Perversions are not simply failures, nor are they accidental misfires; if a pharmacist accidentally poisons someone, this may, if avoidable, be a sign of incompetence, but it is not a perversion of the skill. If we think of the whole set of skills, practices, methods, and instruments and the like that are formed to serve the ends of medicine as 'the medical panoply', medical perversion is the deliberate use of the medical panoply in ways that are inconsistent with the ends of medicine it has been proposed to serve. This also makes it different from mere repurposing -- if we use a skill in a new way, it's not the original purpose of the skill that is relevant but the ends of medicine that are the standard that have to be met. If the new purposes to which the skill are put are still consistent with the ends of medicine, it is not a perverse use of the skill but simply a new development of it.
Medicine provides the clearest and most obvious cases, as it often does in talking about humanitarian traditions due to its age, relatively consistent history, and complexity, but the same kind of reasoning would also apply to law and spiritual ministry; some (although not all) of the gravest immoralities associated with these are perversions of skills, practices, etc., whose natural context is these humanitarian traditions. The account also extends to kinds of humanitarian traditions that are spottier than these three big ones -- cases where the humanitarian tradition is sometimes more virtual than actual, where consistent maintenance of them as humanitarian traditions has sometimes failed, like education or journalism or politics; the primary difference is that they will have more of the marginal cases noted above. Where professions grow up within humanitarian traditions (which is common), the professional ethics associated with each profession will often be greatly concerned with avoiding perversions within the context of that humanitarian tradition, and the moral growth of a profession is often related to its development of means to limit, correct, and avoid ways in which professional means can be perverted to ends inconsistent with the humanitarian tradition.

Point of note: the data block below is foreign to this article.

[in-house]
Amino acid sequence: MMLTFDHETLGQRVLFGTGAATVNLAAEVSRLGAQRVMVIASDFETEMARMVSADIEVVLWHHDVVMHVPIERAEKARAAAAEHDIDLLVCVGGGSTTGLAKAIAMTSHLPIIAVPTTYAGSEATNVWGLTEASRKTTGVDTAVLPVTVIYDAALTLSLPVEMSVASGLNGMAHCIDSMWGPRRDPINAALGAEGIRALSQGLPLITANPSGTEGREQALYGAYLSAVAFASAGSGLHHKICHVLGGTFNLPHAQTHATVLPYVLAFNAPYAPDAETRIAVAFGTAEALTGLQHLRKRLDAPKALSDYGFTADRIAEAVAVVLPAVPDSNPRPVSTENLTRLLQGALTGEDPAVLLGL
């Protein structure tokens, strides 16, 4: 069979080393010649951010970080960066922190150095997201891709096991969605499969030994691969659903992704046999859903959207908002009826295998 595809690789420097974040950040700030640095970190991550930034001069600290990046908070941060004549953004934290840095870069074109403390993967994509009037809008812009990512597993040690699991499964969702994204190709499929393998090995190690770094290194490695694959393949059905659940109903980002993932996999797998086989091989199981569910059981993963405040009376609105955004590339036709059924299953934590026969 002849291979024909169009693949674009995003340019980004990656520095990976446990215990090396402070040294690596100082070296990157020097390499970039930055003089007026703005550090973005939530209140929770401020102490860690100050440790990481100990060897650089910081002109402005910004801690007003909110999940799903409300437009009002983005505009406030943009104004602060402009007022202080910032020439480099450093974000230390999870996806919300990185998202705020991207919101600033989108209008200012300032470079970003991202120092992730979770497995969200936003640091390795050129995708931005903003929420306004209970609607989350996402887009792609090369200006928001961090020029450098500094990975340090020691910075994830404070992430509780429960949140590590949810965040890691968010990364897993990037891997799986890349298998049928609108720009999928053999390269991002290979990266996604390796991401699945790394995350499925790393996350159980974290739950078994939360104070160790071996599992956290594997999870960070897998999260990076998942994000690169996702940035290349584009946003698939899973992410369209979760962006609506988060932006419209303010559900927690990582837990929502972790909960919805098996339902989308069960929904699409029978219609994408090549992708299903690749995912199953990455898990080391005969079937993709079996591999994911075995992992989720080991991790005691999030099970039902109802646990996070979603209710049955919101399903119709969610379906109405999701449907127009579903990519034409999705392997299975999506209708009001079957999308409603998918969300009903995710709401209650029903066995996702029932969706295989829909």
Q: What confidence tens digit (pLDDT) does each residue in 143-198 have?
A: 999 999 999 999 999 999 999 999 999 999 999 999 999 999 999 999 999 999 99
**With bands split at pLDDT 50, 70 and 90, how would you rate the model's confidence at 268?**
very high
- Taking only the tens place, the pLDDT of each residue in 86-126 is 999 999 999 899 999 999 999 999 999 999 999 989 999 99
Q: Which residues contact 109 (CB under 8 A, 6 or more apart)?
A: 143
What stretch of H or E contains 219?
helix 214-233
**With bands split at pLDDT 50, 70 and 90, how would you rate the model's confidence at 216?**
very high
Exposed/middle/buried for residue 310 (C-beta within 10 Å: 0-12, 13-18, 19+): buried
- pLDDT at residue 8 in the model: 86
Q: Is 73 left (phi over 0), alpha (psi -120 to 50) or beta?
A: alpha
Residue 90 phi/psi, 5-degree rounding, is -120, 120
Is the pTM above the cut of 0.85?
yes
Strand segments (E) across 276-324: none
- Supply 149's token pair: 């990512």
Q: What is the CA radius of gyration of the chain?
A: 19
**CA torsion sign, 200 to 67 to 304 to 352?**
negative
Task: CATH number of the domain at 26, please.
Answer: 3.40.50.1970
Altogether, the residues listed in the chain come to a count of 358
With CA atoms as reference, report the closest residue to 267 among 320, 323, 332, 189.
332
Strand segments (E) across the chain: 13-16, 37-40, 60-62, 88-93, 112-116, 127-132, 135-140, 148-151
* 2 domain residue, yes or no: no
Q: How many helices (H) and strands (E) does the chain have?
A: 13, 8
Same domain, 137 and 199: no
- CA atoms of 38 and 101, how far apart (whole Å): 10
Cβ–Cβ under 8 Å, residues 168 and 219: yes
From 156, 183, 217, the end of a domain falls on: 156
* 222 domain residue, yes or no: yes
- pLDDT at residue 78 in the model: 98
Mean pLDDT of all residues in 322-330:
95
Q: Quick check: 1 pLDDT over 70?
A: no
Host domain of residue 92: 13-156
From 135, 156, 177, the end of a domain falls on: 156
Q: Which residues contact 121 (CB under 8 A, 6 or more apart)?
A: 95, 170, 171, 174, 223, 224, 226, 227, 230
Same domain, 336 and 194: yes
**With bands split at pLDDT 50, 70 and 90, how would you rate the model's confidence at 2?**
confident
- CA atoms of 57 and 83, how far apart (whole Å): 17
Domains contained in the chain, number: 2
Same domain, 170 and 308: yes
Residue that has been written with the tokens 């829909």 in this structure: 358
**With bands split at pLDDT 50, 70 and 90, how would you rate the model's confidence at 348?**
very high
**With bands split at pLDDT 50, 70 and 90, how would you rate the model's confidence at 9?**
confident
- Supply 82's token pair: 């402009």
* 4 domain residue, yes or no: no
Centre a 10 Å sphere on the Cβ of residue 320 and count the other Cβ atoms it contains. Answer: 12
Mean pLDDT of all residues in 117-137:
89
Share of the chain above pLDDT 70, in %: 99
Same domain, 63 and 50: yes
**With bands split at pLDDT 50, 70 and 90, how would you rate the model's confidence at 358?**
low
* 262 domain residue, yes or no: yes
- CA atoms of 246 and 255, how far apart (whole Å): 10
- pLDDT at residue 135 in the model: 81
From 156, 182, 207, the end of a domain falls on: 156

Previous Evening Notes on Humanitarian Traditions
- Humanitarian Traditions
- Prima Facie Duties and Humanitarian Traditions
- Humanitarian Traditions and Cliental Privilege
Various Links of Interest
* Russell Sparkes talks about G. K. Chesterton's fight against the eugenics movement. (ht)
* Andreas Kapsner, The Stories of Logics (PDF)
* Jonathan Greig, Nicholas of Methone and Thomas Aquinas on Participation in Their Critiques of Proclus' Elements of Theology, Proposition 23
* Gregory DiPippo on Raphael's Transfiguration of Christ
* Agnes Callard reflects on the relation between aesthetics and ethics.
* Michael Pakaluk and Catherine Ruth Pakaluk discuss the Gospel of Mark. Michael Pakaluk's recent translation of the Gospel, The Memoirs of St. Peter, is quite good.
* The original watercolors for The Little Prince
Maria Edgeworth, Belinda
Augustine, The Trinity